As part of HIPAA, the Department of Health and Human Services must undertake rule-making procedures for disseminating specific regulations required by the act. One of these, the HIPAA Security Rule, became effective in April 2003 and sets forth detailed requirements related to IT security. The rule contains two sections addressing logging requirements. First, as part of the administrative safeguards section, the rule requires businesses to implement "hardware, software, and/or procedural mechanisms that record and examine activity in information systems that contain or use electronic protected health information." Second, the technical safeguards section requires "implementation of procedures to regularly review records of information system activity, such as audit logs, access reports, and security incident tracking reports."
In 1999, President Clinton signed into law the Gramm-Leach-Bliley Act, which required various federal agencies to issue regulations to flesh out its provisions. The GLB Safeguards Rule, issued by the Federal Trade Commission, creates security standards for financial institutions falling under the FTC's jurisdiction that handle "customer information"; these include data processors, retailers extending credit cards to consumers, and mortgage brokers. The definition of "customer information" is expansive, including any nonpublic information about customers, whether in electronic or hard-copy format.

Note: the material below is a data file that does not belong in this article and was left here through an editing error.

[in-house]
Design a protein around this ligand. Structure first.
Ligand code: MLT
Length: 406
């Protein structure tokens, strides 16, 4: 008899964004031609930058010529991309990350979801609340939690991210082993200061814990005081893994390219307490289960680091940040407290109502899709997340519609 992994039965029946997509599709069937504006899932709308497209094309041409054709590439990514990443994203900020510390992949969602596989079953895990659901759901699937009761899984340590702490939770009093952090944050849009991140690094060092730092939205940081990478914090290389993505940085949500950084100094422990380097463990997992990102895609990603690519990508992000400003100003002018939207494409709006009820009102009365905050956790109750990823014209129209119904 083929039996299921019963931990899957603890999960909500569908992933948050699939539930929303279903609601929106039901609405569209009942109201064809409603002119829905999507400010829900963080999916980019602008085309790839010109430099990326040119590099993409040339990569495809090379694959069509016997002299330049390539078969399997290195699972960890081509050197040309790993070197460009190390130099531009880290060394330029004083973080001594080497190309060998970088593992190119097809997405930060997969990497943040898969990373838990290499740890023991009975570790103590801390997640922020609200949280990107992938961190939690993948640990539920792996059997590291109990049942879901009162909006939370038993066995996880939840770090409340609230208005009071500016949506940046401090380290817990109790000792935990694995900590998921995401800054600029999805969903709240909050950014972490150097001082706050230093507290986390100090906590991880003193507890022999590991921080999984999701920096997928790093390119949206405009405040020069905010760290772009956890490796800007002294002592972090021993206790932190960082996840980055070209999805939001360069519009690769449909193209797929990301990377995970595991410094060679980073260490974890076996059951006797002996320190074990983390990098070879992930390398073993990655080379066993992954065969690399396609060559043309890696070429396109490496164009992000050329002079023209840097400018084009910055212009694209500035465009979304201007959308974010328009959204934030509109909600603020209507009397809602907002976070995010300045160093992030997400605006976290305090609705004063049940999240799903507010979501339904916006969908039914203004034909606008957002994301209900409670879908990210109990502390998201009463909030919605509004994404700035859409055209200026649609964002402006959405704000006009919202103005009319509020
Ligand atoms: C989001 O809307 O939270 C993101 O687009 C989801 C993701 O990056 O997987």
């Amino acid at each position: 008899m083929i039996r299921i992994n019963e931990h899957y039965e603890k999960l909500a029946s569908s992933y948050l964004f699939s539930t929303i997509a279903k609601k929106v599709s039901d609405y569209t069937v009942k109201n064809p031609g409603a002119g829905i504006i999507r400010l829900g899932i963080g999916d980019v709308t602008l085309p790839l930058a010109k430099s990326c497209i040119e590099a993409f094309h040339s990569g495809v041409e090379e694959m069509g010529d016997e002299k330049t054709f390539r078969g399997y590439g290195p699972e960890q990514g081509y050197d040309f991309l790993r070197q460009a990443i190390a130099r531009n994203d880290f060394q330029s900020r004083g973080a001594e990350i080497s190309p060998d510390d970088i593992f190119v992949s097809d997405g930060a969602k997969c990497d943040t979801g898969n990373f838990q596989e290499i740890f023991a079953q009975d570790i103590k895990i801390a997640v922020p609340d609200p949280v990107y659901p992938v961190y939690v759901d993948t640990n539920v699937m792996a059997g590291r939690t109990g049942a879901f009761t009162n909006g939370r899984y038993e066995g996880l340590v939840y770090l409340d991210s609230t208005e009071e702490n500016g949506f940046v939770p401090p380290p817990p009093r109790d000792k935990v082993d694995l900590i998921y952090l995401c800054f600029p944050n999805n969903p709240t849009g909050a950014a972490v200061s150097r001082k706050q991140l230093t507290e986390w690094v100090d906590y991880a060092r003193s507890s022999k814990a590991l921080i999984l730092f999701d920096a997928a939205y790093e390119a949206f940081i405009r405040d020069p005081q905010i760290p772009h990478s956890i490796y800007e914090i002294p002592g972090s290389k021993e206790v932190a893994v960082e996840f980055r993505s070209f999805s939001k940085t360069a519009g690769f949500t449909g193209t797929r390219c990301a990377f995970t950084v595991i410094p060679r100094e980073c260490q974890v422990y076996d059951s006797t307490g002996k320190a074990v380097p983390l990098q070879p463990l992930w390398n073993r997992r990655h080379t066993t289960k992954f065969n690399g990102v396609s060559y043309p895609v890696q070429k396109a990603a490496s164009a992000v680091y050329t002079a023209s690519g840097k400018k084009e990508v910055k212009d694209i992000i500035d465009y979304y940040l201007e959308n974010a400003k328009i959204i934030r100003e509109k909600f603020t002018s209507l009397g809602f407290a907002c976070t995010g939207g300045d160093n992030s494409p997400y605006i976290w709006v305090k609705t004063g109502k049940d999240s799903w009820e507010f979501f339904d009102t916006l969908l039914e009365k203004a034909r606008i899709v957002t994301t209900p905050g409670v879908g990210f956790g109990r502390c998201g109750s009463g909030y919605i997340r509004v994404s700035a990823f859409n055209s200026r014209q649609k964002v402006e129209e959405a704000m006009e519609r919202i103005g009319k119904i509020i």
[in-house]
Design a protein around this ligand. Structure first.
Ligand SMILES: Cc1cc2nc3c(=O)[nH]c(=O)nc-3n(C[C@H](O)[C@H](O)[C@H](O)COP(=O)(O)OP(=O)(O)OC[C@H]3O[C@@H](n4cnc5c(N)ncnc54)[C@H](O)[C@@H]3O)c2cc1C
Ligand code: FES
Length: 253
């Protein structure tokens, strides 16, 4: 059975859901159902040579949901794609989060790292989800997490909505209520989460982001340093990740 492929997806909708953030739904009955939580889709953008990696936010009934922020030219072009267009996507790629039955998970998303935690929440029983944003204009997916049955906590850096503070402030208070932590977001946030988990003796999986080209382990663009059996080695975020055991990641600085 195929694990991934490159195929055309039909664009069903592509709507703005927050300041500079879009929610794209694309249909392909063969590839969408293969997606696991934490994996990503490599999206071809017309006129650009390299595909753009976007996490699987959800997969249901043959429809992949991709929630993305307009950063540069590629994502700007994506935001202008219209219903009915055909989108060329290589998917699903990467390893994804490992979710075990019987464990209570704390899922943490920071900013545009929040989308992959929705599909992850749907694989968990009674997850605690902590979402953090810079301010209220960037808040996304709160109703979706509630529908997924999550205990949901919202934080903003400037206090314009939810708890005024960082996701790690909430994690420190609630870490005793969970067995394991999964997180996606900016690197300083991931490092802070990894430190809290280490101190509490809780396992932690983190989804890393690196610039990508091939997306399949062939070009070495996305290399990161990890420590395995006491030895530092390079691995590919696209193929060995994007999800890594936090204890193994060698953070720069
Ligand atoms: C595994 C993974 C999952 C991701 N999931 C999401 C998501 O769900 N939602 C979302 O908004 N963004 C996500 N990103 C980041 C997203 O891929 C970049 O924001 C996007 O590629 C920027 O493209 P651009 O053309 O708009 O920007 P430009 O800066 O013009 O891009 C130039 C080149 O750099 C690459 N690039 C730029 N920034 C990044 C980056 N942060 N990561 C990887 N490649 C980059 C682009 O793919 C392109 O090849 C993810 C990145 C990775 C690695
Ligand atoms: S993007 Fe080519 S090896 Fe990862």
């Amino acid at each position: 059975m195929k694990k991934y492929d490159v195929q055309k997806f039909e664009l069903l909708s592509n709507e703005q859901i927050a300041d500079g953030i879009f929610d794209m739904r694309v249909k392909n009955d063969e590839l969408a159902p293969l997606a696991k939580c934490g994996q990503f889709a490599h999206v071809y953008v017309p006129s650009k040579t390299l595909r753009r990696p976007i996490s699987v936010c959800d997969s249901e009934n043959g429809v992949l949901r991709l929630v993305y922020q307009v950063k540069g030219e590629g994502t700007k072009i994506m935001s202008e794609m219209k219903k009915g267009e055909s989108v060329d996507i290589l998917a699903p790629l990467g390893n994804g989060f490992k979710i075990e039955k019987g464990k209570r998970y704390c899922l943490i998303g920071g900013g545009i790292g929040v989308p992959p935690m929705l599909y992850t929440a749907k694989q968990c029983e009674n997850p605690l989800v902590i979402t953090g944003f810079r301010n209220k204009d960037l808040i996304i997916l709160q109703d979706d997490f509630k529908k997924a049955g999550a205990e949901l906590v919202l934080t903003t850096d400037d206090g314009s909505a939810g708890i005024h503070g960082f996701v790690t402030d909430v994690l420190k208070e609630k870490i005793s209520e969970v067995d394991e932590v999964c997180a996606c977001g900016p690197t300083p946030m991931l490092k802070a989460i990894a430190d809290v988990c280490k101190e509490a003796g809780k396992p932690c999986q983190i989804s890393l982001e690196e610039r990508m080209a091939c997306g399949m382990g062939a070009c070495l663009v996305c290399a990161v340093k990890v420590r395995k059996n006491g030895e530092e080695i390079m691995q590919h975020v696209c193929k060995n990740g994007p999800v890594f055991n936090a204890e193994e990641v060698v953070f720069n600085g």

The rule is broad and flexible, permitting standards to evolve over time in conjunction with security technologies and industry practices. Finally, it does include an implicit requirement for logging and log analysis, calling for a risk assessment that addresses "[d]etecting, preventing, and responding to attacks, intrusions, or other system failures."
The FTC has been fairly active in enforcing the Safeguards Rule and has publicly stated that it will continue to pursue data security cases. Although the complaints and consent decrees in these cases haven't tended to specifically call out logging, the practice is so central to any information security program that companies should be sure to address relevant risks related to logging.